Two prominent Brexiteer MPs are spearheading a campaign that claims Net Zero energy efficiency policies are unpopular.
In their launch statement, they reference what they claim to be two unpopular policies central to landlords - the phasing out of gas boilers by 2035, and the mandatory EPC ‘C’ rating by 2025.
MPs Steve Baker and Craig Mackinlay are spokespeople for the Net Zero Scrutiny Group, which includes some 40 MPs.
A survey suggests that three in five UK adults say they would not be willing to pay higher taxes on their energy bills to help reach Net Zero targets - that's including 49 per cent of Labour and Green Party voters.
The poll suggests that 65 per per of UK adults say the public have not been given enough of a say on the government’s Net Zero policies, and while 30 per cent of 18 to 24 year olds feel their voices have been heard, only 10 per cent of all those over 45 feel they have had sufficient input.
In its statement the campaign cites the Poll Tax as bringing down the Thatcher premiership 30 years ago and says: “With a raft of measures set for introduction, such as the phasing out of gas boilers by 2035, petrol and diesel cars and vans by 2030, and the mandatory EPC ‘C’ rating for landlords by 2025, the current government looks as if it is heading towards a Poll Tax moment of their own. These figures clearly show that the country is not behind either the policies or the direction of travel, and over two-thirds don’t feel they’ve been given a say.”
Mackinlay - the chair of the group - says: “I didn’t become a Conservative to make my constituents colder and poorer.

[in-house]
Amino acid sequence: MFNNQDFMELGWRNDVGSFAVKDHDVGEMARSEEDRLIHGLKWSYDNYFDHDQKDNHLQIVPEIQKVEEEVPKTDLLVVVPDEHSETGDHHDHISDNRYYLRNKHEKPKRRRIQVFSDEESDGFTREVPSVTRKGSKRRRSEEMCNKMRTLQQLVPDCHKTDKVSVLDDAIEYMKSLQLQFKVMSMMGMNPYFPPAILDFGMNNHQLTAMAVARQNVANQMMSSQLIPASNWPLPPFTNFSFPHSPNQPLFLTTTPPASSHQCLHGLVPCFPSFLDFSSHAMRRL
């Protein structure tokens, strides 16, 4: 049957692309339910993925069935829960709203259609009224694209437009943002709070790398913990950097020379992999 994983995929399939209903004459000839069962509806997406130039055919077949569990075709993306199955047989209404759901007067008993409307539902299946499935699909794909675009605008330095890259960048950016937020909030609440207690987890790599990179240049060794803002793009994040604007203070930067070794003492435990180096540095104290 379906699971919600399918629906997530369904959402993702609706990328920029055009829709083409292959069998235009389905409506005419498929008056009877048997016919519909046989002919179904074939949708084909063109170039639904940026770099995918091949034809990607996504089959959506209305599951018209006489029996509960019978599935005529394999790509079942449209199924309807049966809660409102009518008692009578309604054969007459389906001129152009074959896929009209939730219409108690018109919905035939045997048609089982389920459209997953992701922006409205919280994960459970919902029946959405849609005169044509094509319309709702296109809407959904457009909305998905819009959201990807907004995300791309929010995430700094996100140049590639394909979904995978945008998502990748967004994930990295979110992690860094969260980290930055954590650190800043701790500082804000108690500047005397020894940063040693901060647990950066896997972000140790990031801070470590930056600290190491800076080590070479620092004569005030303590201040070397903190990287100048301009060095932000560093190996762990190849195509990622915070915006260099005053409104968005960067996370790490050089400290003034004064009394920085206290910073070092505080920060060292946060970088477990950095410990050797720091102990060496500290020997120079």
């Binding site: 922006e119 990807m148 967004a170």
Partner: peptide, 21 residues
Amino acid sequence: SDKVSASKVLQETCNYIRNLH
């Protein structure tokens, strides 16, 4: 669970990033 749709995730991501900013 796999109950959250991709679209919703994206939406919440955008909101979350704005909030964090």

“It’s clear, looking at these figures, that the British public are not signed up to the government’s plans. They feel they haven’t been consulted or had their say; the majority don’t feel that government grants for air pumps or electric cars are either relevant to them, or more fundamentally needed to nudge them towards unreliable technologies they don’t want, and there is real worry about the ever-increasing costs of energy bills this winter.
“The general public are quite obviously not onside, and we need to be very careful about just whose shoulders are going to be carrying the very considerable costs of Net Zero.”
Meanwhile Baker - who heads the steering group for the same activist body - adds: “I’ve warned that the cost of Net Zero could deliver a political crisis greater than the Poll Tax, and these figures show that the government are heading straight for such an eventuality.
“The British people are clearly deeply unhappy about paying higher taxes to help reach Net Zero targets and feel they haven’t been consulted about the choices the government are making.
“Grants for air pumps and electric cars are all very well, but how many people can actually afford to pay all the additional costs? 20 per cent think they will actually benefit.
“We are heading down a path where blithe promises are made without considering the realities of current technology and the fact that many people in this country will just be left colder and poorer.“
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